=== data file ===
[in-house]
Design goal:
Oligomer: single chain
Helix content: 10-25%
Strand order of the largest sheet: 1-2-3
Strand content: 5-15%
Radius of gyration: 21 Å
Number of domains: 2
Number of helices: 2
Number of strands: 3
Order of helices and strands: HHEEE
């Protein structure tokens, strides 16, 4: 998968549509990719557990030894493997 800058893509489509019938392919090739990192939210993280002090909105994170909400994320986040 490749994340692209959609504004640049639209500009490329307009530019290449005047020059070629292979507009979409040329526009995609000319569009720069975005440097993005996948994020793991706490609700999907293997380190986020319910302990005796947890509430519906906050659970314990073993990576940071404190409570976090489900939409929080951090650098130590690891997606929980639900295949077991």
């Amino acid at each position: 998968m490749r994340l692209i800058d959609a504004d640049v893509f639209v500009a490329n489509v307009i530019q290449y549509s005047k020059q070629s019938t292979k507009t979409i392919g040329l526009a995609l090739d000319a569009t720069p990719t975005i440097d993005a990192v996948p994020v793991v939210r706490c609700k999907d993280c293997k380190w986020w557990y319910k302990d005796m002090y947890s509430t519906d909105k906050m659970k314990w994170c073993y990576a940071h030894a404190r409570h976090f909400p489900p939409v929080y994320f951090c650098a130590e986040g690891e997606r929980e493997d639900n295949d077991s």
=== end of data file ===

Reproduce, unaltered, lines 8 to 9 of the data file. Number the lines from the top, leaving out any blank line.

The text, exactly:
Number of domains: 2
Number of helices: 2